|If this becomes the style I will bemoan the kids of today.|
Last Saturday I celebrated a friend's 70th birthday. The group of us all chipped in and had high tea; we hired someone who actually brings the high tea to you. It was a lot of fun.
One thing this tea maven does is bring hats that you can choose to wear if you want. Now, I can rock a hat like nobody's business, but because my hair is long and no longer bobbed, it's a challenge if I'm wearing it up (which I was that day). I did manage to get a wide-brimmed pink at on my head (my bun was low enough).
I've joked that I wish hats were still a thing. It's one of the few articles of clothing I can wear and look good in (except for baseball hats, which should be outlawed for everyone, men included*). Everyone was joking about how we looked like we were going to the races.
I've always been into history--especially knowing about how everyday people lived in different eras. (I swear I do have a point.) I had had a vague feeling that hats were a thing in the past, but I wasn't sure if they were something everyone wore, or only wore at certain times and for certain events (like today) or what. As it turns out, yes, a woman would not consider herself fully dressed if she went outside without a hat on. Unlike men, she did not take it off once inside (hence the hat pin, to fasten it securely to your hair). And up until recently (say, the late sixties), it was perfectly normal (and desirable) for women to wear gloves when they were out and about. There was an etiquette around all of this, of course. You'd hardly eat your meal at a restaurant wearing gloves, for example, so you'd take them off and put them under your napkin on your lap. But they were something women wore as a matter of course. I can't imagine wearing gloves unless it was cold outside. But there you go; times have changed a lot.
I've talked to my parents about what was normal for people to wear. Blue jeans--heck, any sort of pants--were unheard of for women. If you were home, you wore those (perfectly awful looking) house dresses, or a shirtwaist. I have been trying to picture my mother doing the housework in a house dress, and I'm really grateful that she and Mr. Levi Strauss are good chums. Jeans weren't even a big thing for men for a long time; they were favored by rebellious teenage boys and people who did physical work (they were originally made for miners back in the 1800's). I'm pretty sure if you used the term "designer jeans" with a straight face back in that era that people would think you were having them on or that you were an odd duck.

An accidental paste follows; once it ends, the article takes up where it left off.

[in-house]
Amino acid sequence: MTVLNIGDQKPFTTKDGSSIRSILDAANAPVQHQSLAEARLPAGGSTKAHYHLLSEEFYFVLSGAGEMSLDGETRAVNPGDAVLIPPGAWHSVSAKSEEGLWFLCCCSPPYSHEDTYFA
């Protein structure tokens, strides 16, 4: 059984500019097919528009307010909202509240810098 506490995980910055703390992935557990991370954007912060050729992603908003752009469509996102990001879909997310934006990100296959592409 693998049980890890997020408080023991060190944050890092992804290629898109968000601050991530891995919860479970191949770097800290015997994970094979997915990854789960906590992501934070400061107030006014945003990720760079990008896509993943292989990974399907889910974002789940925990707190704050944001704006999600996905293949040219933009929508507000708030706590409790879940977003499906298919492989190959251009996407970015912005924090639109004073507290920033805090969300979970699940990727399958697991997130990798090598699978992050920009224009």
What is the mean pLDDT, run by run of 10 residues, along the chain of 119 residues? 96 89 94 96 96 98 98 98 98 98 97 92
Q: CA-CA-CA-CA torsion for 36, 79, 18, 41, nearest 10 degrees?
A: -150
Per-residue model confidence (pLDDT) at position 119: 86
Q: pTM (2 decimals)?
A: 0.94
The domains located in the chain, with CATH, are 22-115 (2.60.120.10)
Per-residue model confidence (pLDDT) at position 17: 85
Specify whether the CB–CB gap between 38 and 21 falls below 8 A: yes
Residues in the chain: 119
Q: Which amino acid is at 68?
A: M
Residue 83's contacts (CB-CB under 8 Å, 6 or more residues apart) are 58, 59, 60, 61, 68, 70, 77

T-shirts are also a relatively new thing. My father told me that when they started to become popular, it was teenage boys wearing their white undershirts as shirts. I'll bet the older set was bemoaning the popular trend of boys wearing their underwear out in public. (That doesn't happen anymore, does it? Oh, wait. Ha! It does.) T-shirts with writing on them weren't a thing.
And of course, people dressed up, at least compared to today. You didn't go out to dinner in jeans, designer or otherwise.
I'm not bemoaning the fact that we don't dress up as a matter of course anymore--far from it. Sometimes you'll see me in the local Rite Aid getting a jug of water because I have been working in the garden and drank what I brought. I'll look a fright--old jeans, ratty t-shirt, hair up and flyaway. Sometimes you'll see me in my gym clothes if I'm going out for a hard power walk or if I was on my way to the gym. Sometimes you'll see me in jeans and a t-shirt because they are comfortable. (And you will never, ever see me in high heels. I wore them when I was younger, and my feet, knees, and back thank me for eschewing them now.) My mother is far more comfortable in jeans than in anything else. There's a reason why they have become so popular.
It's just really interesting how our mores change over time.
*Obviously, I don't think they should really be outlawed, I won't judge you for wearing one, I promise. I just think they look terrible.